As for a trend for DW to miss actually engaging with the substance of an idea, it could be linked to DW insisting on embracing the horror genre. By its very nature, horror is style over substance, leveraging aesthetic by any means necessary to invoke the most basic feelings in the audience. The issue with this, of course, is that feelings are rarely sufficient to deal with complex issues, and complex issues rarely evoke sufficient feelings. So episode after episode opts for “rule of funny/cool/horror” sequences that provide striking aesthetic moments, over any true thematic deep dive. There simply isn’t enough time to illustrate a complex structure, and even less possible when narrative collapse/substitution is in play.

    Reply

    • Vadron
      May 31, 2019 @ 1:06 pm

      “In this case, the implications of simulationism were basically dismissed as “yeah they’re also real people” the minute that Ten uploaded River into the Library.”

      Oh, no it didn’t. A full upload of a once-living mind and a simulation that clearly isn’t just running a physics-simulator on virtual brains but doing something much sketchier (or we wouldn’t get the random-numbers effect) are two very different things. I’m inclined to think both are people, but there’s definitely a way to argue that the ones can be without the others being too.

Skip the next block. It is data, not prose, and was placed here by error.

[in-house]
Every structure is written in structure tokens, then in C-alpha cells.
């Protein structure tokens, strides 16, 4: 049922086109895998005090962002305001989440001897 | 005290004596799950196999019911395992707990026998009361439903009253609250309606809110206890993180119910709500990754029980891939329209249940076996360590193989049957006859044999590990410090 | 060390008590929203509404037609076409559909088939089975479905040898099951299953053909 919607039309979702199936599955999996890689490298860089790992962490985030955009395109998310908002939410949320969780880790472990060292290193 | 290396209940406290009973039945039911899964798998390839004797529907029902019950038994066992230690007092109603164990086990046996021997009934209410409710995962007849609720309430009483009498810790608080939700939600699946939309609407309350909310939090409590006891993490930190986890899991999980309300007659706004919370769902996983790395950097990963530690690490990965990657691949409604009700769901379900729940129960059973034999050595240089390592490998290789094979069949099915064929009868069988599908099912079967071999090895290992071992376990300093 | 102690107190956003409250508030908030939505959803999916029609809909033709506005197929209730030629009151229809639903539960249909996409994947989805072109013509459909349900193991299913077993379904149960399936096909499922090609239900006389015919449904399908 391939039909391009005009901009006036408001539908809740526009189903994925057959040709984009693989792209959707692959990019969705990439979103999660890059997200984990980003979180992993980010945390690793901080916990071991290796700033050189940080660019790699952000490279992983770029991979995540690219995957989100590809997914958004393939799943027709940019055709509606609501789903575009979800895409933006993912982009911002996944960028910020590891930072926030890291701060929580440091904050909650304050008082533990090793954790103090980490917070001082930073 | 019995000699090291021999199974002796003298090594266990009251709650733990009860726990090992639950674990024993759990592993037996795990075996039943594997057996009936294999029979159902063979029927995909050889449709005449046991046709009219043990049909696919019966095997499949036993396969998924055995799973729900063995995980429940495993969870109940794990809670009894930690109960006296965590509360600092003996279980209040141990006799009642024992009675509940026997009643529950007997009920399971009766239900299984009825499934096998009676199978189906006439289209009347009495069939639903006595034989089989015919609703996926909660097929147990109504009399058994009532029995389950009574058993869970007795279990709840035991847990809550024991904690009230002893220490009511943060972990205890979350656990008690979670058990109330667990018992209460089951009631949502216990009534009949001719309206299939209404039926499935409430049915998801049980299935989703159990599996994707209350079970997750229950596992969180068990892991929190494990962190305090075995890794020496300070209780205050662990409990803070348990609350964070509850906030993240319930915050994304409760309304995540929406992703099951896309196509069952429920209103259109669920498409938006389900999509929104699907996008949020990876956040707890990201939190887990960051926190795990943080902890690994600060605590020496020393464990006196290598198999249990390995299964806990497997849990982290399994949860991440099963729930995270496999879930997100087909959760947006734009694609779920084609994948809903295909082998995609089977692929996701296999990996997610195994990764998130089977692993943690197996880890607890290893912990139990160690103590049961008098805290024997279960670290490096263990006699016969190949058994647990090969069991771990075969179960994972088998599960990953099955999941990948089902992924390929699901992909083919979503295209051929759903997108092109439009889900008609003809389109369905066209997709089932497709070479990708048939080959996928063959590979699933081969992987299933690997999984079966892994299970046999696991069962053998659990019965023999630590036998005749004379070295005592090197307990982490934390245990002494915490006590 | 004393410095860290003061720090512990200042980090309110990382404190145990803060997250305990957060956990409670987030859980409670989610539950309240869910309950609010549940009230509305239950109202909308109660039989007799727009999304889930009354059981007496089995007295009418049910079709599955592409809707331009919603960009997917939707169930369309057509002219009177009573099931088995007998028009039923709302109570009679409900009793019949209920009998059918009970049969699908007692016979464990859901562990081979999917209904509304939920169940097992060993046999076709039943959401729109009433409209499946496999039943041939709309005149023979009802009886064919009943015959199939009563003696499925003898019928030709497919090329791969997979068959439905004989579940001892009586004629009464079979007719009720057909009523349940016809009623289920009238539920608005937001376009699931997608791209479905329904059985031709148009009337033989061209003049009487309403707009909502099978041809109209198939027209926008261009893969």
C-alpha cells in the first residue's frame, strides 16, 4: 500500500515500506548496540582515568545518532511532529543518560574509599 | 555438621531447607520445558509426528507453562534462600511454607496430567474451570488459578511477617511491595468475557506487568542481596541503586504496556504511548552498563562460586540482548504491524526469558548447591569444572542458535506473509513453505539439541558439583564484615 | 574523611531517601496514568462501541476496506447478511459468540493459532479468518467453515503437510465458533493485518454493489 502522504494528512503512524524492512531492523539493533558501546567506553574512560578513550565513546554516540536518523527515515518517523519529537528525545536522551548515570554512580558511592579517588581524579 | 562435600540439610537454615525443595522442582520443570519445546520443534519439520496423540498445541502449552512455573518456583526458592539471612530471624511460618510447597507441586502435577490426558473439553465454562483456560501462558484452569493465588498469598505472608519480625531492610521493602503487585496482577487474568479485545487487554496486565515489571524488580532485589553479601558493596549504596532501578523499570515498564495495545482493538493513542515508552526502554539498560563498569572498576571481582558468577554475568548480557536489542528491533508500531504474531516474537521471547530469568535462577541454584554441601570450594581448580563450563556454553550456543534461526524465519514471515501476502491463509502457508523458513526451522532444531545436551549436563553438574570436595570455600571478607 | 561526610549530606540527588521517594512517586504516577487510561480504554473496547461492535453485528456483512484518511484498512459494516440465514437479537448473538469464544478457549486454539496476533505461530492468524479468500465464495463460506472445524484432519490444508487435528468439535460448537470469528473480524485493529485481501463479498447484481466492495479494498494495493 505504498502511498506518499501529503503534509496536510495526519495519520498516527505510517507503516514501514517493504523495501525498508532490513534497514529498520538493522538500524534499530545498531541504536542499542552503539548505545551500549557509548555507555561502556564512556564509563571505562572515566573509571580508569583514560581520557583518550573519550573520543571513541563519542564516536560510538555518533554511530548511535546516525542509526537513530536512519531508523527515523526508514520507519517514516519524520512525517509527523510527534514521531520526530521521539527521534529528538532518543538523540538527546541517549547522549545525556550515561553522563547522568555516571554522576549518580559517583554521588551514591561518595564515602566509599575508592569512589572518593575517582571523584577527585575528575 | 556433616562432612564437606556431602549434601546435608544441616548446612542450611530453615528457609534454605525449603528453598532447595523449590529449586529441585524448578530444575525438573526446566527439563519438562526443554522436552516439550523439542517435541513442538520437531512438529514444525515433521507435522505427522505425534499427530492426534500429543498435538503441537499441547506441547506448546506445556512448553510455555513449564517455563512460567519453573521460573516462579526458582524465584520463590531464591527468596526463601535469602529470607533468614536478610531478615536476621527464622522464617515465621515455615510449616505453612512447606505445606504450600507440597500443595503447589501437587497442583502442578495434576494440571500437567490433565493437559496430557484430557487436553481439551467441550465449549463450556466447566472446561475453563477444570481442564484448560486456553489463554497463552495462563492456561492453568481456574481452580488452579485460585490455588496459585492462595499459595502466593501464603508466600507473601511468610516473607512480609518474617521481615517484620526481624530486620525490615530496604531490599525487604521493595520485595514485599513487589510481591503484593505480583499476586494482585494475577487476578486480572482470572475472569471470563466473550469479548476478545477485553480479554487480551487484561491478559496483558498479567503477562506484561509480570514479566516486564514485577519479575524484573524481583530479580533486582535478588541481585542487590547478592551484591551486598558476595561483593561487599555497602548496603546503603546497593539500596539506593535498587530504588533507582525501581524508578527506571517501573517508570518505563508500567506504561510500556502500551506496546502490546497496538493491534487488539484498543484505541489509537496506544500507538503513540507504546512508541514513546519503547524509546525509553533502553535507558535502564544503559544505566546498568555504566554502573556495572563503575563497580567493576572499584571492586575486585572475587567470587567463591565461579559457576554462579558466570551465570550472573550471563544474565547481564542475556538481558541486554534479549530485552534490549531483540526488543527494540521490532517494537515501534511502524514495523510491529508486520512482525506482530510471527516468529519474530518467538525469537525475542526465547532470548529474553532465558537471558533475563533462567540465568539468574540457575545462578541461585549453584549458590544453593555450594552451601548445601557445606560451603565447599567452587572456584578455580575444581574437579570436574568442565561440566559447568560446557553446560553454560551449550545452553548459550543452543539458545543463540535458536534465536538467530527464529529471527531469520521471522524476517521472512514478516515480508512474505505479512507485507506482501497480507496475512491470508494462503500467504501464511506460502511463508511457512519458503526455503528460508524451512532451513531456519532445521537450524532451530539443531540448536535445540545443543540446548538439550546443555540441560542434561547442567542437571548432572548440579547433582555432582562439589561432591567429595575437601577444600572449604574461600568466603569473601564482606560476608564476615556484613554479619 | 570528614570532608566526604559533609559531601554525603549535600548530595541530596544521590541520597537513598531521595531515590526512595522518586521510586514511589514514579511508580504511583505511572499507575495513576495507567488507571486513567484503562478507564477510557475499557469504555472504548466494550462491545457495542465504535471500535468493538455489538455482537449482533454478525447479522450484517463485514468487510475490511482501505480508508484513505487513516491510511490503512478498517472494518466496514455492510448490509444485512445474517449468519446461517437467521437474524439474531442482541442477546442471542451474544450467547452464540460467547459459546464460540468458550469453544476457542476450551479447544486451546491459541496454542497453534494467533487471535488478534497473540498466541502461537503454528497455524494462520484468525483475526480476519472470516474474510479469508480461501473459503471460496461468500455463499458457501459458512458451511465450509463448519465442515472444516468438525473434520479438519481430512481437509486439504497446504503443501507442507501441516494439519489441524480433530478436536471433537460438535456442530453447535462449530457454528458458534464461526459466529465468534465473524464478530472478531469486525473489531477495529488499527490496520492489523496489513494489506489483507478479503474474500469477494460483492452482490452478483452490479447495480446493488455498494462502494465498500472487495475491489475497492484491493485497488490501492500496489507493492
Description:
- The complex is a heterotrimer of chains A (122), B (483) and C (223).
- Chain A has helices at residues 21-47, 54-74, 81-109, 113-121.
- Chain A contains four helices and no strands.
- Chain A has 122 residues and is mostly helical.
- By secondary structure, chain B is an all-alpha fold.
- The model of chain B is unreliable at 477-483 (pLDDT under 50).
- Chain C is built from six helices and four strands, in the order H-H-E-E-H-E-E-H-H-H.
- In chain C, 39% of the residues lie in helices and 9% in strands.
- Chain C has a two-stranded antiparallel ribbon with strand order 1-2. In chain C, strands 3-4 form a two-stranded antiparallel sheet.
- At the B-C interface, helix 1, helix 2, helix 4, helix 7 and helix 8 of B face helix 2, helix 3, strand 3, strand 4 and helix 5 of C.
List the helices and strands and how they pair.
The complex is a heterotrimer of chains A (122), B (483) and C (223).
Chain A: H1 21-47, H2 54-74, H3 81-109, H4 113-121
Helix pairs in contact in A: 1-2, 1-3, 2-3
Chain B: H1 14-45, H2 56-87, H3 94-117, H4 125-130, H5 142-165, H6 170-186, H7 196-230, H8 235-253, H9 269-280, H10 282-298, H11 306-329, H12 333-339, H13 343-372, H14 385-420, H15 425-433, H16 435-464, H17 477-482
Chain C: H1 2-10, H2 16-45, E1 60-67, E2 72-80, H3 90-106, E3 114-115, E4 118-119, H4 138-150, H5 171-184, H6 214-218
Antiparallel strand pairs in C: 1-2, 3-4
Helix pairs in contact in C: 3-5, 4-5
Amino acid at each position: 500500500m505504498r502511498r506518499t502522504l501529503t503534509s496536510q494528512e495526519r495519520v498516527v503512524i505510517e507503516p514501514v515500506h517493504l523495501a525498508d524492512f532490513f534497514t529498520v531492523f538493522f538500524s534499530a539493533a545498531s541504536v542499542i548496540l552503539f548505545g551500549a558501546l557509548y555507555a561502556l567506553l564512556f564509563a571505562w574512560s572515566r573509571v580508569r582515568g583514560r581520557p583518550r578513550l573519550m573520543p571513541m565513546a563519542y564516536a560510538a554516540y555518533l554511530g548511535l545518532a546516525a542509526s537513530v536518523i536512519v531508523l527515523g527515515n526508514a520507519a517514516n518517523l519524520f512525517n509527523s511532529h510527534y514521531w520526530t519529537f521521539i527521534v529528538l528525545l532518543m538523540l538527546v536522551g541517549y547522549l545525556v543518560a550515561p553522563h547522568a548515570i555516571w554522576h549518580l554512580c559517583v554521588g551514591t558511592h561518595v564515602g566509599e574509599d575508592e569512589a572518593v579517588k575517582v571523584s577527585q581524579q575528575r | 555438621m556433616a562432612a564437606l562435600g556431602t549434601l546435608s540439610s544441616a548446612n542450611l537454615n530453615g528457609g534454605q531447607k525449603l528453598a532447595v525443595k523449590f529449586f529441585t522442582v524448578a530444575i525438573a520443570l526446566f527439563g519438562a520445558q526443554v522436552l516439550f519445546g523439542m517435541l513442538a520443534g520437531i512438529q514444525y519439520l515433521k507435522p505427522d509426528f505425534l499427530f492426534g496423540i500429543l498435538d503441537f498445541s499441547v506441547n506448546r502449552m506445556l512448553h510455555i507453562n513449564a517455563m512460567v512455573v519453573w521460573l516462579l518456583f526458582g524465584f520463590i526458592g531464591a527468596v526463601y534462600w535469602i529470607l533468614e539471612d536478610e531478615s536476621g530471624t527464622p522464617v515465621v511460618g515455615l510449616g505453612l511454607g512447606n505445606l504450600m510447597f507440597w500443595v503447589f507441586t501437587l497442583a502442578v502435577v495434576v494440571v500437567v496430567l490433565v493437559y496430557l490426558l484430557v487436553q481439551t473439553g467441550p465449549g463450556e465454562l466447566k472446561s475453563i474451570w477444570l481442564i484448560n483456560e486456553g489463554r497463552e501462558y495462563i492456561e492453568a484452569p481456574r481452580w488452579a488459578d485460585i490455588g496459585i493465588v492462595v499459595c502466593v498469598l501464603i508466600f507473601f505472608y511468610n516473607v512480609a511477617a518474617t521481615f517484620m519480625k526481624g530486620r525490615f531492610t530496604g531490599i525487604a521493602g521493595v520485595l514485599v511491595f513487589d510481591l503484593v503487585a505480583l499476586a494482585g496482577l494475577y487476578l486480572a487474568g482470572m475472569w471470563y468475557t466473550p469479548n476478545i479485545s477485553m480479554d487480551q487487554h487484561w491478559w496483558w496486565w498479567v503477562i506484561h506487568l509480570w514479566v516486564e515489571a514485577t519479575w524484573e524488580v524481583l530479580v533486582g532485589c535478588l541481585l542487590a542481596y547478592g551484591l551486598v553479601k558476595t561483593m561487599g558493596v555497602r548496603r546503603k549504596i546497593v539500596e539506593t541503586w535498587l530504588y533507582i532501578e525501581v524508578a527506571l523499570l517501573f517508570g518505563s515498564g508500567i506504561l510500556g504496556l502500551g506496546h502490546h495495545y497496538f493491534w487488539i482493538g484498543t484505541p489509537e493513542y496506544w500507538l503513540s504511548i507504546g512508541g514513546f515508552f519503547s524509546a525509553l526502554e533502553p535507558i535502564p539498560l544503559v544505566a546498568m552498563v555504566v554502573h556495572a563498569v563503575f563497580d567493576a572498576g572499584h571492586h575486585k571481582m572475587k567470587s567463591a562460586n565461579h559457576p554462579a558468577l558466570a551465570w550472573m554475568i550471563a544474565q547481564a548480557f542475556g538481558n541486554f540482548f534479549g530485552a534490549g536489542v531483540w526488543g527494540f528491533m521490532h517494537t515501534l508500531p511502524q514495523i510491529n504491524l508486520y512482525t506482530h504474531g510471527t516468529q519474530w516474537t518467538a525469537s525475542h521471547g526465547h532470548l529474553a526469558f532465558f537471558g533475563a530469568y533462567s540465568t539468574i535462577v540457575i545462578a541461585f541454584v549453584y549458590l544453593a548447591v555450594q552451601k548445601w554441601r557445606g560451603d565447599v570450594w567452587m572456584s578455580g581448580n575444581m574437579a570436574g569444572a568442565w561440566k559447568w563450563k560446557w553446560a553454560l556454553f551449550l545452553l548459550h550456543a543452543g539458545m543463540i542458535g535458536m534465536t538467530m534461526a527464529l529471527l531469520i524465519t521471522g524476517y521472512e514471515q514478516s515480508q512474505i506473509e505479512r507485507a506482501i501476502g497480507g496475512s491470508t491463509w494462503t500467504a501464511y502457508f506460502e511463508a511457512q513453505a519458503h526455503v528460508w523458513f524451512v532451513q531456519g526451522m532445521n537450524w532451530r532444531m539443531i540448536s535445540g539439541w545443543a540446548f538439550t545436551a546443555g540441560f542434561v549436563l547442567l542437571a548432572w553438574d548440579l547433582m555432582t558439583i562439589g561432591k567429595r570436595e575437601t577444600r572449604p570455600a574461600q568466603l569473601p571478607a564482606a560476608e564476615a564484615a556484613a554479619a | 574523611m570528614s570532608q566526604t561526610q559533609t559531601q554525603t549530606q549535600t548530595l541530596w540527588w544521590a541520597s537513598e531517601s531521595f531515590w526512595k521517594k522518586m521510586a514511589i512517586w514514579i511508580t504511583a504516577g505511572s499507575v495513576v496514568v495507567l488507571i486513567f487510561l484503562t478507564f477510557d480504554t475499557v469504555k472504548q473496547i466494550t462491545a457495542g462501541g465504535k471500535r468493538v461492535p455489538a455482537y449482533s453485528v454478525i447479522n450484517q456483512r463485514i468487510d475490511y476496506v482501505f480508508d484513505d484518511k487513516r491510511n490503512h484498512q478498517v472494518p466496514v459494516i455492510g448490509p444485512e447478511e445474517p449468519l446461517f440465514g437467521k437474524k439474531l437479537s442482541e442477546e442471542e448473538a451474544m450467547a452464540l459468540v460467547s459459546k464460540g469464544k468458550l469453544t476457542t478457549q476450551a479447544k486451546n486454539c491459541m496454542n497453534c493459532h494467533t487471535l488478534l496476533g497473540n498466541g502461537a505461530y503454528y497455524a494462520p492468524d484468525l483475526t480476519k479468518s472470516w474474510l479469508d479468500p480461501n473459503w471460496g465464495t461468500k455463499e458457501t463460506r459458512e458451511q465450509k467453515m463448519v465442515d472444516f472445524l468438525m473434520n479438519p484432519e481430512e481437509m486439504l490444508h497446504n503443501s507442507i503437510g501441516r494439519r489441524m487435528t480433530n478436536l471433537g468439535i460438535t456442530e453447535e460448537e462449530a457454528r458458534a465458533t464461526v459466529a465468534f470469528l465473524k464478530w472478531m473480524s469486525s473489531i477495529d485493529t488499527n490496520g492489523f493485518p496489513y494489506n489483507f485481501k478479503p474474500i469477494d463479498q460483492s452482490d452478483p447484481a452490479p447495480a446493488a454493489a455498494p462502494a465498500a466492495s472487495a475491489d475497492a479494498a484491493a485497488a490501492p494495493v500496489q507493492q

Reply

      • AG
        May 31, 2019 @ 10:40 pm

        I just don’t see the difference between upload and simulation, I’m afraid. There is no difference on the “what is happening with the hardware + software” level, except for how much processing power you devote to any particular instance. A 240p and 4K resolution of the same source footage are still both videos run on a digital computer. Any sense that the Library folks were “one-time” upload/download is a misconception of streaming, which is just adding a step of erasing the data after copying it. But, fundamentally, the data is being copied, not “moved” in a real sense, a la the teleport clones in Heaven Sent. If they had chosen so, the Library could have kept “downloading” copies of the same people over and over from their saved upload data.

        Remember, just a few weeks ago the Doctor validated the Vardi as a real species. Do they instantly lose their rights if someone replaces their RNG with a less complex function? Would the monks need more or less processing power to simulate the Vardi, compared to humans?

        Reply

        • Vadron
          May 31, 2019 @ 11:19 pm

          The difference is simple: being brain-uploads (no matter how many times said uploads can be copied; that’s besides the point), the Library people are of a very different nature from the simulated Shadow World people. The brain-uploads are, well, just that. A brain is scanned to a molecular level and then made to run on a physics simulator. It’s guaranteed that its mental processes are exactly the same as when that brain was made of flesh.